Usually starting in your 2L year you have the opportunity to participate in “professional experience” activities, also known as co-curriculars or extracurriculars. There are numerous different organizations that you can join that hone different skills. At my law school we had moot court, mock trial, law review, Journal of Business Law, The Journal of Law in Society, Jessup International Law Moot Court, and the transactional law competition. (Please note that other schools may have other programs or more niched organizations in a specific area of law). Regardless of what the focus of the organization is, these extracurriculars are amazing opportunities to gain practical experience about what it’s like to be a lawyer. Not only do you obtain valuable skills and can add something to your resume, you also usually can get credits toward your degree!
This all sounds great, but how do you get involved with one of these groups? Each organization does it differently but usually it involves a tryout or an interview with the executive board and/or advisor. These typically happen at the end of the school year, meaning you will have the opportunity to apply for membership at the end of your 1L year. Fortunately for you, I have been involved in numerous of these co-curriculars, including serving as the commissioner of the mock trial organization at my law school. Here are some of my tips to help you prepare for your co-curricular tryout or interview!
Know the Co-Curricular
You cannot have a successful tryout or interview without knowing about the co-curricular. Obviously you know that it exists, but you should have a deeper understanding about what the organization is about. This means knowing what the expectations are for members, what you would be specifically responsible for, how your contributions are evaluated, what specific skills you would be developing, and how the group is generally run. Each co-curricular is very different in the way that they operate and what you will actually be doing as a member. Educating yourself about the co-curricular will help you better prepare for your interview or try-out.
Know What They Are Expecting
As I said before, each co-curricular is different. This also means that each tryout or interview is different, and you need to prepare accordingly. The obvious difference is the way you are evaluated as a potential member. Some programs have an in-person interview with the e-board. Others make you submit a writing sample and application as a “tryout.” And other programs (like moot court and mock trial) make you do an in-person tryout where you perform a portion of a trial or appeal. Each organization is also looking for certain attributes in a candidate and how they perform in their interview or tryout. By knowing what the organization is looking for in a prospective member, you will be able to better prepare for your tryout or interview!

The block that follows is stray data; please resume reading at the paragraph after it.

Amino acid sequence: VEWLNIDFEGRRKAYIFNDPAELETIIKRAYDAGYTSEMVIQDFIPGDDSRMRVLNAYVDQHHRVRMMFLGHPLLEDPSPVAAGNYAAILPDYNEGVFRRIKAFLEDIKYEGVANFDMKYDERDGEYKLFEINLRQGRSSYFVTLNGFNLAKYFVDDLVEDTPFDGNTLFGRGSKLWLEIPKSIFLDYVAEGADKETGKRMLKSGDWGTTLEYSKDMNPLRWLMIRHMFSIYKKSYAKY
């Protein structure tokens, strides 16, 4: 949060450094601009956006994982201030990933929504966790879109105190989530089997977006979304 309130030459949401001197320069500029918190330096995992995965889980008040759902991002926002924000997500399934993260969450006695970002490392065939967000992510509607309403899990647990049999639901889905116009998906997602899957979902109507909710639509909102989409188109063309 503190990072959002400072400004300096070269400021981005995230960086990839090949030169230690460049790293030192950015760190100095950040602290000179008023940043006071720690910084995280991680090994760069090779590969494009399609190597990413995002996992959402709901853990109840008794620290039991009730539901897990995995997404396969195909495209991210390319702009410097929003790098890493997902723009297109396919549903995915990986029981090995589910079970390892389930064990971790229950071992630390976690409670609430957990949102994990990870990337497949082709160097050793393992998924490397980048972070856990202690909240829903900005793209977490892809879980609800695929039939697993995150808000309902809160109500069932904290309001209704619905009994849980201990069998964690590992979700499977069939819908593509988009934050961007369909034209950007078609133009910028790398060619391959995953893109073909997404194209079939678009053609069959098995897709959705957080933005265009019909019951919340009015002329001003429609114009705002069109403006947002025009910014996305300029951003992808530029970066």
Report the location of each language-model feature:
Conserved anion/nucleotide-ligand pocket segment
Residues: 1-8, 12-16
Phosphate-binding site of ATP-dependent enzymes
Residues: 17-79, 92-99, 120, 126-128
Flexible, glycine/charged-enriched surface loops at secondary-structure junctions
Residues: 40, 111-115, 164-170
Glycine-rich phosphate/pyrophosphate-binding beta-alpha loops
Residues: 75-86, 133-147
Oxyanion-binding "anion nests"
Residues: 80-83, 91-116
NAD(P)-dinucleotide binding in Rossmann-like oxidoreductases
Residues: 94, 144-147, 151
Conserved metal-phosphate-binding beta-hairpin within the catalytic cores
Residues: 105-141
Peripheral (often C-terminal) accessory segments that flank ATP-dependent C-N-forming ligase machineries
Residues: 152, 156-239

Know Who to Reach Out To
Sometimes it is not about what you know, it is about who you know. I am not saying that you will get a guaranteed spot on the team if you get buddy-buddy with the mock trial e-board. However, knowing who the leaders of the organization actually are can benefit you. First, if you know who they are, it is likely you have been participating in whatever ways you can as a non-member (e.g. volunteering as a witness, attending informational meetings, supporting the organization by attending events, etc). Second, your relationship with the organization and members can put you above another candidate. For example, if the board is between you and another potential member, they are more likely to choose you because they know who you are and what you are all about. Thus, it is important to network and make connections, even when you are just starting law school.
Know How to Look Professional
In order to get the part, you need to look the part! I know you may think that you are just interviewing/trying out for your fellow law students, but you should take this as seriously as you would a job interview. Whether you like it or not, everyone is judged based on their appearance and this includes whether or not you are professionally dressed. By being prepared and looking professional, you are showing your interviewers or judges that you are taking this seriously and that you care about the organization. This will help your tryout or interview go smoothly and will definitely earn you some points!
Know that You Can Do it!
Putting yourself out there can be scary, especially when the people choosing your fate are your fellow law students. However, the secret is, they also understand that you are just starting out and developing your skills (after all, they were just in your shoes not long ago). You will be able to make it through your interview or tryout, so shake those nerves off! Being prepared for your interview or tryout is crucial to your success in earning a spot on the co-curricular.
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